Merry Fredrick, Self-Help's Executive Director, just returned from her bi-annual trip to Ghana. She tries to visit each women's group to encourage them and to check progress. Here is an excerpt from her recent report.
"I am extremely proud of Self-Help’s staff in Ghana. Their dedication, commitment to development and loyalty to Self-Help is exceptional. And, each staff member wants to achieve ways in which to improve the lives of their citizens.
My trip to Ghana in January reaffirmed this pride when Josephine Amo, District Director of Agriculture for the Ministry of Food and Agriculture asked to meet with the staff and me to discuss our programs in the district. She informed me that she has quietly observed our work in the field for years, and that she is extremely impressed with the ability of our staff to promote programs and to provide training to improve the lives of farm families. She is particularly impressed by Self-Help’s sustainable approach to development, and repeatedly hears positive feedback from her staff.
She told us that she is very concerned about the women in five villages 60 kilometers away. She feels confident that our organization can improve their lives through our micro-credit program. Josephine told us that while women work laboriously in the cocoa fields beside their husbands, they have no access to income because husbands own the land. She asked if we would consider this challenge. Typical of the staff, they immediately wanted to meet the women and learn more!
We later traveled with Josephine to visit two of the villages – Woropun and Adagya – where we will begin work in the spring. There is no electricity, a few bore holes for water, mud huts and very limited schooling. Following our meetings with chiefs, women and elders in each community, it was apparent that the needs are tremendous, and that Self-Help and its staff can make an enormous difference in the lives of these women.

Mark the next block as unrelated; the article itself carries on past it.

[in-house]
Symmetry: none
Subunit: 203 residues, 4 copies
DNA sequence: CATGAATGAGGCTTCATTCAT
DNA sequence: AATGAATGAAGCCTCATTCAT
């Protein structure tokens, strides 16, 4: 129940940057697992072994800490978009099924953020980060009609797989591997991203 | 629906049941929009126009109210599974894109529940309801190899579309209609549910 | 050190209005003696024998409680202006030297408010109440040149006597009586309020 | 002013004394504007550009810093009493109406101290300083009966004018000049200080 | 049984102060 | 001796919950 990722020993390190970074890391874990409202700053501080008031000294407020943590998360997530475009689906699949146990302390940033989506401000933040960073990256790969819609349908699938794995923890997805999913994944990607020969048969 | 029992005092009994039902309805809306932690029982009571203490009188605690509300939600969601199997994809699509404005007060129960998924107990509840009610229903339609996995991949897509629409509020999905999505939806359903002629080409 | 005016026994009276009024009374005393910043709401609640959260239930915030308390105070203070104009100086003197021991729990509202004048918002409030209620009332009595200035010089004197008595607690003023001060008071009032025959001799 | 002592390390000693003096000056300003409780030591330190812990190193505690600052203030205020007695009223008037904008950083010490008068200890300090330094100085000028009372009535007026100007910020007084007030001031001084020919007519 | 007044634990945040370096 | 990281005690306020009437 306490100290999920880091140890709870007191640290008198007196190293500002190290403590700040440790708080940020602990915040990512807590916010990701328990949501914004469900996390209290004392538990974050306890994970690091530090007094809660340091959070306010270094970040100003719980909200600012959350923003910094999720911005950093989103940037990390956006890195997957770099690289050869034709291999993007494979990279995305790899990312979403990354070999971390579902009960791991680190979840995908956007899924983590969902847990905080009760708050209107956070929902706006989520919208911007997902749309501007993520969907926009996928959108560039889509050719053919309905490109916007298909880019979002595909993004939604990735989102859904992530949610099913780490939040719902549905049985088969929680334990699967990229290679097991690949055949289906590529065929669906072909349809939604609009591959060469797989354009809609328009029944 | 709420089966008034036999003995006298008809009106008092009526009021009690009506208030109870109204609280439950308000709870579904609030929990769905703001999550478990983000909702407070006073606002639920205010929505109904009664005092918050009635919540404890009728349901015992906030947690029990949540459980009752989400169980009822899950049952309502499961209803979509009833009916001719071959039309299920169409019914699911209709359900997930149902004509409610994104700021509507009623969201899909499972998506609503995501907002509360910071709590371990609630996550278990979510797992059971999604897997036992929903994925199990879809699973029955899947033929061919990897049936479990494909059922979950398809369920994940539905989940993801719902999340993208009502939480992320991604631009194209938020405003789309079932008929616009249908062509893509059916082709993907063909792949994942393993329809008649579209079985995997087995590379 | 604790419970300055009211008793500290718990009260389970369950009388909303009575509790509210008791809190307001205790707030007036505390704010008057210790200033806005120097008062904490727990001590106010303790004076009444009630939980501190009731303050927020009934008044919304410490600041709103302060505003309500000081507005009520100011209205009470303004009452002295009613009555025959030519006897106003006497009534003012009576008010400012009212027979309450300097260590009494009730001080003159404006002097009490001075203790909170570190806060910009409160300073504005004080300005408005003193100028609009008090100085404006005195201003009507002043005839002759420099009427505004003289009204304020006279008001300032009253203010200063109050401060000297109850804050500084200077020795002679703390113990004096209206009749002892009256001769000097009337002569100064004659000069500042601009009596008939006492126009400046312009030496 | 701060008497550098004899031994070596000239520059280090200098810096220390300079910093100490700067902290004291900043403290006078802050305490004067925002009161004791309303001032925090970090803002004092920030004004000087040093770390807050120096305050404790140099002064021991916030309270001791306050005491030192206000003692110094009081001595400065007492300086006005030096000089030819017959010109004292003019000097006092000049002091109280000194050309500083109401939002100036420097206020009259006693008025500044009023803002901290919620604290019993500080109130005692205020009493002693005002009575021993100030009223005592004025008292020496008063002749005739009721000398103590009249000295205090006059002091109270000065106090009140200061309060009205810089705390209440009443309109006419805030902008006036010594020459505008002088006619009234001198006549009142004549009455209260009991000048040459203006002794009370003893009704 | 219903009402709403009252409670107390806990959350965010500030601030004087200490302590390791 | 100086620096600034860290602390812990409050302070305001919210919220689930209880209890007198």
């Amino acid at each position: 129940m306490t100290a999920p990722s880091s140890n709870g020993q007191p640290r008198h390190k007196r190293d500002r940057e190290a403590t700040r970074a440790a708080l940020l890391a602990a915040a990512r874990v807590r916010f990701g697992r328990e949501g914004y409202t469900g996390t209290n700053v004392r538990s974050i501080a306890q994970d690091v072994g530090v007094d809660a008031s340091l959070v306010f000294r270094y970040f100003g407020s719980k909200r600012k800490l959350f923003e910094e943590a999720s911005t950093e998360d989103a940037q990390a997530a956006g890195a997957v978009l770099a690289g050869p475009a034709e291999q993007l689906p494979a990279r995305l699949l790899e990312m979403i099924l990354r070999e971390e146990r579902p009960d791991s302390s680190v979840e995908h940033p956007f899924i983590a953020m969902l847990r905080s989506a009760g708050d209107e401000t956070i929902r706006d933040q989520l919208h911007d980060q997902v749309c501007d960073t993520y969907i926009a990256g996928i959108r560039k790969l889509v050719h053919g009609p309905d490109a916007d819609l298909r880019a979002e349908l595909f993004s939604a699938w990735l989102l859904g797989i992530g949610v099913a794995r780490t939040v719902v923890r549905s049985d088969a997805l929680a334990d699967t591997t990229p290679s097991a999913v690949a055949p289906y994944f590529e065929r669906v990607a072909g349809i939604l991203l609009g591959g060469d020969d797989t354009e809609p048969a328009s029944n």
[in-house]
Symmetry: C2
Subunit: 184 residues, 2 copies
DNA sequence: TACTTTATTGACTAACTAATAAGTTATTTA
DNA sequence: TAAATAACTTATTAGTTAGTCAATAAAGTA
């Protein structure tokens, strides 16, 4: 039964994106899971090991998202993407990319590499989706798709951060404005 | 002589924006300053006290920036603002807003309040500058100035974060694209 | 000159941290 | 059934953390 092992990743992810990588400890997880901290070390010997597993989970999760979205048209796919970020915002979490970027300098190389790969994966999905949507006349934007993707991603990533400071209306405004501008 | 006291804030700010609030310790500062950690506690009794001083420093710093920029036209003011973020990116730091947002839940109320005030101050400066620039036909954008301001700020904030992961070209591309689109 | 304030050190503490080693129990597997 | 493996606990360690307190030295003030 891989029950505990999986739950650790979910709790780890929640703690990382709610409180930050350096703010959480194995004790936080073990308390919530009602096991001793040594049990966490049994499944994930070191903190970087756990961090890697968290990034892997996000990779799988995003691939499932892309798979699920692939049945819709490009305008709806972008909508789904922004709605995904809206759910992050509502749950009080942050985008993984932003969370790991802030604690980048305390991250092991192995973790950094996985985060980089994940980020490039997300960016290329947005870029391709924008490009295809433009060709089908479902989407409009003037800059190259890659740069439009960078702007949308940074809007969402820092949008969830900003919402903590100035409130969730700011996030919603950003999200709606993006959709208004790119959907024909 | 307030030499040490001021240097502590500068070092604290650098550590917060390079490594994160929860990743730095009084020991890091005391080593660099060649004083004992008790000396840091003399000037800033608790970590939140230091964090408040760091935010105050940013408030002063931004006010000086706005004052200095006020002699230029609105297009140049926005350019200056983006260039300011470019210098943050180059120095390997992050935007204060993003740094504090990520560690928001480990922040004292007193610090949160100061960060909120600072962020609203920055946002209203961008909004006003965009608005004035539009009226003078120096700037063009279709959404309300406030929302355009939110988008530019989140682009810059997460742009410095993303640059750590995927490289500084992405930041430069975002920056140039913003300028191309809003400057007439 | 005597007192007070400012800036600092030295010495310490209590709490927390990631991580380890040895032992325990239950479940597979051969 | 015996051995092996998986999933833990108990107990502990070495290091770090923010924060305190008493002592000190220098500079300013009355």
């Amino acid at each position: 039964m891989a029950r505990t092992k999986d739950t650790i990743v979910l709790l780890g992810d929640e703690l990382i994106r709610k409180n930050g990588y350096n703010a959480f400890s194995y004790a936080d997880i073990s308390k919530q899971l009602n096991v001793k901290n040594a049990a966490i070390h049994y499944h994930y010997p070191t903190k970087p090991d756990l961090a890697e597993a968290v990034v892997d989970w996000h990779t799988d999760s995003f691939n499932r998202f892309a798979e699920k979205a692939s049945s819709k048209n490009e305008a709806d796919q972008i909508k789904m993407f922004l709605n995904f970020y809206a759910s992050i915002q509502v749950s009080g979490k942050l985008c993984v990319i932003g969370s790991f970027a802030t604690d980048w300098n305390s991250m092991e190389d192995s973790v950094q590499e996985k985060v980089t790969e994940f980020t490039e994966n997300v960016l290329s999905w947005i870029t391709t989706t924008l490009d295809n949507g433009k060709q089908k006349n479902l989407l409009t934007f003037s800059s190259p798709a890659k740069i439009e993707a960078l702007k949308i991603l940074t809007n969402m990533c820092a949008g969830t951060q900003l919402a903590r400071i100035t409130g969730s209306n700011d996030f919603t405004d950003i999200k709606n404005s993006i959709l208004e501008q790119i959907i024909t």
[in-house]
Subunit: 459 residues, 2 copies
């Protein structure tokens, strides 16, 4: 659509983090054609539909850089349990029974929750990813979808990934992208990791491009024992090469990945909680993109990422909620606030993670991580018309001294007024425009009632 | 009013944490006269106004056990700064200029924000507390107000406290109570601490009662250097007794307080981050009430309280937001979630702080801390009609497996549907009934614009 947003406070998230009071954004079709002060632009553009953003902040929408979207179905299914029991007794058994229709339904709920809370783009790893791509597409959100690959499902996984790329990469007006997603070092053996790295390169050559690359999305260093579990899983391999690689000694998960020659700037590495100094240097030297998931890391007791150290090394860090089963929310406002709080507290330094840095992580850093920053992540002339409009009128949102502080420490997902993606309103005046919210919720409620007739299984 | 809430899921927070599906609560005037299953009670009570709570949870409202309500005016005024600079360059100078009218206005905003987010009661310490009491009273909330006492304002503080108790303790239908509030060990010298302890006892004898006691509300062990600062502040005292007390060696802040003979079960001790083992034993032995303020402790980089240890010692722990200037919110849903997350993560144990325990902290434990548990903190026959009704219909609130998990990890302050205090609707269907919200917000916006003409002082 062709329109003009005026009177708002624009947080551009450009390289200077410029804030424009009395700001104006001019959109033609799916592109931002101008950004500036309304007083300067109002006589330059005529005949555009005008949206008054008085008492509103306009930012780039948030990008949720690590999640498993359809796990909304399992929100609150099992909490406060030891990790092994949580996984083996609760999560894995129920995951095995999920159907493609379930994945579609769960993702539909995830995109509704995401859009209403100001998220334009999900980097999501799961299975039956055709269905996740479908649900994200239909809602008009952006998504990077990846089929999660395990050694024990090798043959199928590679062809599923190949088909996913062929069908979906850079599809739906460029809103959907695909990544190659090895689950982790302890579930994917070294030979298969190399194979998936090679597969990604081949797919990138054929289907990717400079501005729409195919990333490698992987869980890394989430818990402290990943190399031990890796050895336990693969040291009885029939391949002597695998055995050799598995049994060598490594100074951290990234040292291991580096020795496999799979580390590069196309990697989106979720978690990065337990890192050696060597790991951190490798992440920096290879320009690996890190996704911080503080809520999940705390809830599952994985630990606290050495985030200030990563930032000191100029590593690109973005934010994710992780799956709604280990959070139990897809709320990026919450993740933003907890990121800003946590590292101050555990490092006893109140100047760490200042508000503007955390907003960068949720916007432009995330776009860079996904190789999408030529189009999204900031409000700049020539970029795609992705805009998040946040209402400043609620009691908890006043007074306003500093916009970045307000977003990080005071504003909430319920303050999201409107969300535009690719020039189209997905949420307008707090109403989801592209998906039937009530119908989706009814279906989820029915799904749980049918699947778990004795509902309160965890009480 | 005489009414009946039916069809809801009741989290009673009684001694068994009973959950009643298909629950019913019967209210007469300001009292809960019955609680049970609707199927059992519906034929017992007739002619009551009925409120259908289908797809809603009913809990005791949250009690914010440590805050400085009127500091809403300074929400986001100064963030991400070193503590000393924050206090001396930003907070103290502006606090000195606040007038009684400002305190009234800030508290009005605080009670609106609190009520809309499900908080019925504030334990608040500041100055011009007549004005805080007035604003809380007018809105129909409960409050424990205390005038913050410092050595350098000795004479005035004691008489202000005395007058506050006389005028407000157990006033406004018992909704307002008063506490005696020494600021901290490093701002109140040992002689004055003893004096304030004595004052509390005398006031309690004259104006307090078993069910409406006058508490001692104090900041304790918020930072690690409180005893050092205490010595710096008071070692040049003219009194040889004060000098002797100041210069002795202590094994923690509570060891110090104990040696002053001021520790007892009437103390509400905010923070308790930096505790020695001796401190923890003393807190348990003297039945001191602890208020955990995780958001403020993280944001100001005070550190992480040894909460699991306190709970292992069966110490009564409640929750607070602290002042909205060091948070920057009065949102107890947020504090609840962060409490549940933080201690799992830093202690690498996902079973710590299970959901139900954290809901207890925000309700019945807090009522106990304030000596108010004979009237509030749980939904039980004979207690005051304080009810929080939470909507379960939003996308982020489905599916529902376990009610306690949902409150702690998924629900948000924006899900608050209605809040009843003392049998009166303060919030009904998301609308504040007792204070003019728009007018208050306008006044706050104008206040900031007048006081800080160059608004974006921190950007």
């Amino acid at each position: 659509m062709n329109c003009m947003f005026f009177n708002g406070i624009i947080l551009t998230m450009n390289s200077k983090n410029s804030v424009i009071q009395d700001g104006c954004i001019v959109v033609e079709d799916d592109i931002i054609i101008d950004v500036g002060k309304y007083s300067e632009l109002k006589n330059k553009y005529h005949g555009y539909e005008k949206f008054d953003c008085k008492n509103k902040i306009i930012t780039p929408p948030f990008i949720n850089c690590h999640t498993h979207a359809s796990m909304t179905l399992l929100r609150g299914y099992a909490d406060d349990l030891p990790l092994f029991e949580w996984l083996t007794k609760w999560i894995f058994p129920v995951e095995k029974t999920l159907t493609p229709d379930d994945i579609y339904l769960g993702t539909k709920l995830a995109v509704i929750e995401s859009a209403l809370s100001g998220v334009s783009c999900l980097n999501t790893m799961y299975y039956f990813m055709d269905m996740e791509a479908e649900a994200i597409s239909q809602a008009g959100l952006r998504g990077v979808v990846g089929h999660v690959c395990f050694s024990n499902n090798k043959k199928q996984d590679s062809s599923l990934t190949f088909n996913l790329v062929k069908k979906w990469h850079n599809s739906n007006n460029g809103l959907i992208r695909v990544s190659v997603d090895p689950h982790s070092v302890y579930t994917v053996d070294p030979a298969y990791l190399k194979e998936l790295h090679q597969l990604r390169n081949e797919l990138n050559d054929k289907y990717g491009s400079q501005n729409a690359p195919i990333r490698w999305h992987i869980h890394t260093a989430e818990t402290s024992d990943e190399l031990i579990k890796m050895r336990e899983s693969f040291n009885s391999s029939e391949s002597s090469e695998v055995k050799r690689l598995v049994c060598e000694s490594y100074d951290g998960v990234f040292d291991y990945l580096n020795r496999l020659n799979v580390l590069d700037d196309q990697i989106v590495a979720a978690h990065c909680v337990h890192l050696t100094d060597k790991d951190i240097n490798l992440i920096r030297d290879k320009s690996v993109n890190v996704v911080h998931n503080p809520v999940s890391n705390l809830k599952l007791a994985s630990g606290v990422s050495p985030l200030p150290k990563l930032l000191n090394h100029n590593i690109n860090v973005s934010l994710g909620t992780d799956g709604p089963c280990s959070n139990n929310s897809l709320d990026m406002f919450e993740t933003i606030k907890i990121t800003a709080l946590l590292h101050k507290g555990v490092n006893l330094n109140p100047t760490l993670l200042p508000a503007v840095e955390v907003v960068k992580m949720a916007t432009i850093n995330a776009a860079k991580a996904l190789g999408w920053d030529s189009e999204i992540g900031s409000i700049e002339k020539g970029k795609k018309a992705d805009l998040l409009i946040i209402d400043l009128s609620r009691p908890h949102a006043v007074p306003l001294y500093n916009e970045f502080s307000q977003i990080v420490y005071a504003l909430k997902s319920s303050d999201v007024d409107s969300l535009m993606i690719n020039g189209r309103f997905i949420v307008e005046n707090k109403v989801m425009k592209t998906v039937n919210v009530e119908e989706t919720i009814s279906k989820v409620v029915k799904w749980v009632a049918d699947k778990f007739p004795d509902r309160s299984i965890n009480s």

A new, challenging project lies ahead, with the trust and blessing of the Ministry of Agriculture. I am confident that once again the Ghana staff will live up to the challenge to help people help themselves.
I also met with ten women’s micro-credit groups, learning about benefits gained from our loans. Juliana is one or our newest members who received a one-year loan 10 months earlier for a screw press for palm oil production. Her production capabilities far exceeded her expectations. She told me that she uses 50% less wood and water to cook the palm fruits. She travels one-fourth mile to collect water and scours nearby forests for fuel. She eagerly told me that she produces oil in four hours less time, and that her success from sales will allow her to reimburse her loan a month ahead of schedule.
The common thread of change during my interviews with 130 women was that loans allow them the opportunity to send their children to school longer. Increasing numbers are attending post-secondary school education. One woman, Sahara, especially tugged at my heart as she explained that she is a widow with young nine children. Until she began receiving Self-Help loans she was barely able to feed them. Now Sahara is able to feed, clothe and school them adequately.
We are making a difference, and I am proud of the Self-Help staff!"
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